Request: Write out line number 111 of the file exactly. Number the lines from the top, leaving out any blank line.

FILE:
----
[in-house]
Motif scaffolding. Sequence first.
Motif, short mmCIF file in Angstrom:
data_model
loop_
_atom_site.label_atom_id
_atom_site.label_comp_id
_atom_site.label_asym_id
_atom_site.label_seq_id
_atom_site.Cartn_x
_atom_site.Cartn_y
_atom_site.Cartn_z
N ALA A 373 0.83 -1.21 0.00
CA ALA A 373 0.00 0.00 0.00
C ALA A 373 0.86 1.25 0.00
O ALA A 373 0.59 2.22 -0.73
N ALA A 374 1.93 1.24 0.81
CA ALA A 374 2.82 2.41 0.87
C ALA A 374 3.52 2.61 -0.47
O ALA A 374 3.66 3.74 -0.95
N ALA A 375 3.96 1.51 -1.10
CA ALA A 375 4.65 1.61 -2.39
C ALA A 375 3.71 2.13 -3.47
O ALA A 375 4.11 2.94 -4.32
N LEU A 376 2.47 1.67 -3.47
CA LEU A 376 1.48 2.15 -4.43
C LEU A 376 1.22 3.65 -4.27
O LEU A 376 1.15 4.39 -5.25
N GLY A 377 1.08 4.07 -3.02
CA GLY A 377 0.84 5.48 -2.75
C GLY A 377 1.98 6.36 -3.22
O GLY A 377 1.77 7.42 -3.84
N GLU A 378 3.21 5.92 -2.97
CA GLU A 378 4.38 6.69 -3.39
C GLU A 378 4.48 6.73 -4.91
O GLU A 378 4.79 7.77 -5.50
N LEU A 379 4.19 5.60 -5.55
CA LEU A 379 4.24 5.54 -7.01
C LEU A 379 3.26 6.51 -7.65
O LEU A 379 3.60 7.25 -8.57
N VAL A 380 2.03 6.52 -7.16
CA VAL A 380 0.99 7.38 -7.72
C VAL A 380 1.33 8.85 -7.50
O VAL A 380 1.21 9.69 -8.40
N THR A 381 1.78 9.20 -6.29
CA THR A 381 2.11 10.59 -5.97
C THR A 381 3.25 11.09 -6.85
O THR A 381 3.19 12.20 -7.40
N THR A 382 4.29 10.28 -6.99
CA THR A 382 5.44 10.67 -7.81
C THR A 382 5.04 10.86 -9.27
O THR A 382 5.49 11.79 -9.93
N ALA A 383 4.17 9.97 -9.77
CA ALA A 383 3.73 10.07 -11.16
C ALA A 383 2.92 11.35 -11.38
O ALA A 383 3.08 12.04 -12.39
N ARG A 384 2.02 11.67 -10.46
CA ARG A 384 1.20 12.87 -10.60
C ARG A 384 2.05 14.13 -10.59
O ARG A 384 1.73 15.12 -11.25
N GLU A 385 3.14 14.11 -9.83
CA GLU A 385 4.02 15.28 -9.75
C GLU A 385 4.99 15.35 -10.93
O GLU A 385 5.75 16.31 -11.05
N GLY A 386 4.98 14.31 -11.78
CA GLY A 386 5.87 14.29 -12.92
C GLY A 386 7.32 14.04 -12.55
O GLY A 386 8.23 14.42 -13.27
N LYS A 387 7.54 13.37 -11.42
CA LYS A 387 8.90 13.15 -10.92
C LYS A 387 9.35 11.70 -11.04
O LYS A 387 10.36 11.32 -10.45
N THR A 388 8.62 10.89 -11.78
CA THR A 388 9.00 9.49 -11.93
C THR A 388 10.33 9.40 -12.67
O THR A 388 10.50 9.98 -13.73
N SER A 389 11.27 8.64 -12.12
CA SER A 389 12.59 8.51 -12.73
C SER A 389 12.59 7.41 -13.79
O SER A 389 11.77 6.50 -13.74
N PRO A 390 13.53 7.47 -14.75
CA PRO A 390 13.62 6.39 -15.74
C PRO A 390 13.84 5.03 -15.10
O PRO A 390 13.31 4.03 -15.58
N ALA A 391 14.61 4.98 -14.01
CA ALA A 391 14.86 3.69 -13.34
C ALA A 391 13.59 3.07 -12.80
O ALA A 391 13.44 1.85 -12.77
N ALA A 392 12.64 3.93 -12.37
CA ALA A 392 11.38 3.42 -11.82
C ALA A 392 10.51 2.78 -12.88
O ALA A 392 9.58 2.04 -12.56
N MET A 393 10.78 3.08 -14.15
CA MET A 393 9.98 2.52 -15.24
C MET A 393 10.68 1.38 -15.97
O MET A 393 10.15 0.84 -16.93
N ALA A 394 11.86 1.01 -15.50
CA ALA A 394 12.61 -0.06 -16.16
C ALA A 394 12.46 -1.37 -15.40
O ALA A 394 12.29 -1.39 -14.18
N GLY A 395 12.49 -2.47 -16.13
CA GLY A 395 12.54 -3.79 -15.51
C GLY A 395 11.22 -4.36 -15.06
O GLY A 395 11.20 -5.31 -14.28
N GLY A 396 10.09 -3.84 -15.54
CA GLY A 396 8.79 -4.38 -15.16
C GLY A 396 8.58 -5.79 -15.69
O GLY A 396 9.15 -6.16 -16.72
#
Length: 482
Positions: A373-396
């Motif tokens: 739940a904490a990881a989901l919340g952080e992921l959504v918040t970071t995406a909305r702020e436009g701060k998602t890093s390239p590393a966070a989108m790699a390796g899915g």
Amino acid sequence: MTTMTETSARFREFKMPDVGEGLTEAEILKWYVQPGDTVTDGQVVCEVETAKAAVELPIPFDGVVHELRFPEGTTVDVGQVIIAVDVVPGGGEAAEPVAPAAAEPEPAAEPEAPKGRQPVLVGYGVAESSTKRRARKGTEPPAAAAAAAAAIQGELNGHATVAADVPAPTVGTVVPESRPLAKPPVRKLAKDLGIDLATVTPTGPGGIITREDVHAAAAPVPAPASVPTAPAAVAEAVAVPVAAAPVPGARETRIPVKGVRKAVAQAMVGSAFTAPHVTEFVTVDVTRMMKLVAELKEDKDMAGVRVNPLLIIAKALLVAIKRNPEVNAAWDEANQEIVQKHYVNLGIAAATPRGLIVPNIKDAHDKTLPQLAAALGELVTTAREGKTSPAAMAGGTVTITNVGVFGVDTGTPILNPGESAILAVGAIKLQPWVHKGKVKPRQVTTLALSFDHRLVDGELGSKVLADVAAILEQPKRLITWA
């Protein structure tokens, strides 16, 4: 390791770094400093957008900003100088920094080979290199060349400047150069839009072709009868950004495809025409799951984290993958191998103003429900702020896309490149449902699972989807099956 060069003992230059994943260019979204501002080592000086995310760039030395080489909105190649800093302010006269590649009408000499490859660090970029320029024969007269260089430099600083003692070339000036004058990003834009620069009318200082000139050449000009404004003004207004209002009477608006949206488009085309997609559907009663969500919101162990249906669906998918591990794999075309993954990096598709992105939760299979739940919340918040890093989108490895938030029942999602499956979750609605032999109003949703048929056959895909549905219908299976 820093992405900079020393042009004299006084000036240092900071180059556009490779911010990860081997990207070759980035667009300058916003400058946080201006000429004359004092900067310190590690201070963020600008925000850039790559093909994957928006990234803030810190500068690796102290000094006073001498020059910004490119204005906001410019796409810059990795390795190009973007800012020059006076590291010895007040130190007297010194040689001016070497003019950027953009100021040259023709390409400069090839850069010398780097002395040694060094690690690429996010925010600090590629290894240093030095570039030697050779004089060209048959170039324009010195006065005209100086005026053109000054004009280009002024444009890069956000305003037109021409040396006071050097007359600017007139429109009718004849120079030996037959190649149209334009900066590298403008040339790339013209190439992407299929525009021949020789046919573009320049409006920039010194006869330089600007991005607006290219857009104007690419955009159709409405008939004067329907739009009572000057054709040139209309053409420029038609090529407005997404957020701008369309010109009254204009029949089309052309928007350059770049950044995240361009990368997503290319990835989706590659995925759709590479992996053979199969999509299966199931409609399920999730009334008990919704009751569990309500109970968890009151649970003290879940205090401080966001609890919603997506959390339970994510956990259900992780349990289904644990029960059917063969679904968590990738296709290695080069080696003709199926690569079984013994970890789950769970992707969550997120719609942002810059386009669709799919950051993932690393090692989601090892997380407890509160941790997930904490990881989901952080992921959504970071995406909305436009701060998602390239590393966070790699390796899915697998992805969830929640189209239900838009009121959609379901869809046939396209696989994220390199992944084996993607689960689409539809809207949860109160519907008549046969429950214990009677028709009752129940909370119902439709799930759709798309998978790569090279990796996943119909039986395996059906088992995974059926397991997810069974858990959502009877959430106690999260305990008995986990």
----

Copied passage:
Positions: A373-396